Create your own culinary masterpiece

It can be thrilling, frustrating or depressing when you open the refrigerator door to figure out what’s for dinner.

I don’t always follow a recipe. I love to improvise, but simply tossing some ingredients together doesn’t ensure the outcome will be favorable.

While I am not a vegetarian, I’ve reduced the amount and type of animal protein I consume. I’m on a personal quest to find ways to incorporate more vegetables and fruits in my diet.

A helpful resource has been Karen Page’s “The Vegetarian Flavor Bible” (554 pages, $40; published by Little, Brown and Company, 2014). Like a religious text, the book can be opened to almost any page for inspiration. The first chapter is “For the Love of Plants; Vegetarianism through the Ages.” Chapter 2 is all about “Maximizing Flavor: Creating a New, Compassionate Cuisine.” Chapter 3, “Vegetarian Flavor Matchmaking: The List,” comprises most of the book and this is where the magic in your kitchen begins.

Ingredients in Chapter 3 are arranged alphabetically. I randomly opened the book to Page 239 and found the entry on eggplant. There’s a brief overview, including that it’s a summer and autumn vegetable, a flavor description (“bitter/sweet, with earthy notes, and a spongy texture”), plus a list of appropriate cooking techniques as well as its nutritional profile. The section that is the most useful for creating a dish is “Flavor Affinities.” For the eggplant entry, you get a list of more than 30 possibilities, such as

• Eggplant + Asian noodles + peanut sauce

• Eggplant + balsamic vinegar + basil + oregano

• Eggplant + cumin + yogurt

• Eggplant + feta cheese + mint.

The listings remind me of IBM Chef Watson, the artificially intelligent supercomputer that in a former version competed as a contestant on Jeopardy! and won the first place prize of $1 million in 2011. Now, you can go to and type in some ingredients, and Watson will give you a suggested list of ingredient combinations and possible dishes (Eggplant Taco, Eggplant Fricassee, Eggplant Seared, etc.).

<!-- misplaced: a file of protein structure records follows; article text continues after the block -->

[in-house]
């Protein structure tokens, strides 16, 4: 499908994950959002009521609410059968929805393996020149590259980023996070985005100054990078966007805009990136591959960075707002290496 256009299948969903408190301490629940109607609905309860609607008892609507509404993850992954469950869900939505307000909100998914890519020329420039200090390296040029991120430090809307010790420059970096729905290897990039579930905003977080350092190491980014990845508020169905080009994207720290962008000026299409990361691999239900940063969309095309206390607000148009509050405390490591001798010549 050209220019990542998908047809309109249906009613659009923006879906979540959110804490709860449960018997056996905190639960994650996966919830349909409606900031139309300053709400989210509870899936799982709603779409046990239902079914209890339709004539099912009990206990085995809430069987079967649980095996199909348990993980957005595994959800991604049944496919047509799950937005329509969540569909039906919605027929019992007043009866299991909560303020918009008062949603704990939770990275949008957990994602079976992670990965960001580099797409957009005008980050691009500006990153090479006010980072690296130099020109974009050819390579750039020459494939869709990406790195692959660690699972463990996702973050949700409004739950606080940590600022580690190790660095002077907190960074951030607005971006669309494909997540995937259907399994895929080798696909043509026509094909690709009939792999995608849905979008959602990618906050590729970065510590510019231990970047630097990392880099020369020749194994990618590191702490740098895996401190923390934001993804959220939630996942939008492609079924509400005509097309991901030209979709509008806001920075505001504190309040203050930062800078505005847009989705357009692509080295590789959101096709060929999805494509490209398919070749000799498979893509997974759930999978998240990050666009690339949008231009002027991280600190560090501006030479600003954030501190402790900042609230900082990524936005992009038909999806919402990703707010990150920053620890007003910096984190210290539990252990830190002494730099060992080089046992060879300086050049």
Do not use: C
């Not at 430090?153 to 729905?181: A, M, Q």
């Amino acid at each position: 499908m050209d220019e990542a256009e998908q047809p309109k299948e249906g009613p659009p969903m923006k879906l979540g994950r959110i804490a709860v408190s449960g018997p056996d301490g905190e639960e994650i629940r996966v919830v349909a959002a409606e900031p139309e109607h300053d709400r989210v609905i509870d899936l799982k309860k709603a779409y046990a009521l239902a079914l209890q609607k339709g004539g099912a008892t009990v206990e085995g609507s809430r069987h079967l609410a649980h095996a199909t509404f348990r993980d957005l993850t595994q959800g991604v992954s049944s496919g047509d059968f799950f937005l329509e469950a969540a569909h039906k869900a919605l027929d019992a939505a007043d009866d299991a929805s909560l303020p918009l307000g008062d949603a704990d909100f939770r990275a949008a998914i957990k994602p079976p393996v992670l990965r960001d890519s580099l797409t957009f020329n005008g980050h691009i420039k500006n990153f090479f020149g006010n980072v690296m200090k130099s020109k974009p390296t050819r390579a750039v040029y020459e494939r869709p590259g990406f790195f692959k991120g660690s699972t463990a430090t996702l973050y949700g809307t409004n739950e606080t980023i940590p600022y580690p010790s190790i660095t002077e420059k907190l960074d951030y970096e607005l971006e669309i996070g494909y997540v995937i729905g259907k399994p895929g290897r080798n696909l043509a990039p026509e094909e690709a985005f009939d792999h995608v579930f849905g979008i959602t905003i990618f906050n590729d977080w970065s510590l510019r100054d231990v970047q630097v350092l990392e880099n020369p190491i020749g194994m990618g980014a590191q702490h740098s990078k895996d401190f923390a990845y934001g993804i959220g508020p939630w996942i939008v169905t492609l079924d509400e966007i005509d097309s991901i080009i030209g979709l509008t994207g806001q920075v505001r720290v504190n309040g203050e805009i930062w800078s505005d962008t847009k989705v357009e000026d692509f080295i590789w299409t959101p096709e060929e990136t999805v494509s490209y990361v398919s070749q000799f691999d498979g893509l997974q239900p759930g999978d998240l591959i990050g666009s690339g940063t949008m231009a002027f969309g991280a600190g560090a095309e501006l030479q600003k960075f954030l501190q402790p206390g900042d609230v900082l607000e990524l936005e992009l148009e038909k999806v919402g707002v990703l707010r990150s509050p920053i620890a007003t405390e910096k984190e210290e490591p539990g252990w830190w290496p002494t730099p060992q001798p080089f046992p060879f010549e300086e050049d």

While Watson’s suggestions are intriguing, and home cooks and professional chefs alike are raving about the results, I find that “The Vegetarian Bible” suggests more combinations I can practically use in my kitchen than Watson does, at least for now.

As for Page’s flavor affinity suggestions, I decided to try to create a dish out of eggplant, Asian noodles and peanut sauce since I knew I had a jar of peanut butter and some rice noodles in the pantry. The next step was opening the door to the fridge to see what else I had on hand. Here is the result:


(recipe by Connie Post)

1 eggplant, diced into ½ - to ¾-inch cubes

8 ounces straight cut rice noodles

2 tablespoons grape seed oil (I’d also recommend coconut oil)

2/3 cup creamy peanut butter

1 tablespoon miso

1 tablespoon tamari

1 tablespoon sriracha sauce

1 tablespoon white rice vinegar

½ teaspoon sesame oil

¼ cup water

1 tablespoon garlic, diced

¼ cup red bell pepper, thinly sliced

1 teaspoon sesame seeds

2 tablespoons cilantro, diced

1 green onion, diced

Place the eggplant cubes in a rimmed pan and lightly salt. Spread out evenly in a single layer. Allow the salt to draw out liquid from the eggplant for 20 - 30 minutes. Rinse well and pat dry.

To make noodles:

Place noodles in a bowl and cover with extremely hot water for at least 5 minutes.

To make peanut sauce:

In another bowl, mix peanut butter, miso, tamari, sriracha, vinegar and sesame oil. Mix well with a food scraper.

To put it all together:

Heat a wok or skillet on medium high. Add the oil and let it come up to temperature. Add garlic and stir about 30 seconds. Add eggplant and cook for 2 minutes, stirring to keep from burning. Add bell pepper and sesame seeds. Continue cooking until the eggplant cubes are tender. Add peanut sauce and stir well. Add water, if necessary, to make peanut sauce thin enough for an even coat. Drain noodles and add them to the veggies and peanut sauce in the wok. Add water, if necessary, for a desired consistency. Remove from heat. Stir in cilantro. Serve with green onion sprinkled on top.

Our assessment: Creating this dish was a fun exercise. The flavors and textures complement one another. Eggplant, it turns out, is a good stir-fry substitute for chicken or beef, which I will remember in the future. If you don’t have miso, tamari, sriracha and sesame oil, I would recommend starting with soy sauce and adding other spices one at a time. Start with a small amount and have a bunch of tasting spoons on hand as you make adjustments. Also, next time I try this stir-fry, I’ll probably toss in a half teaspoon of fresh, diced ginger along with the diced garlic.

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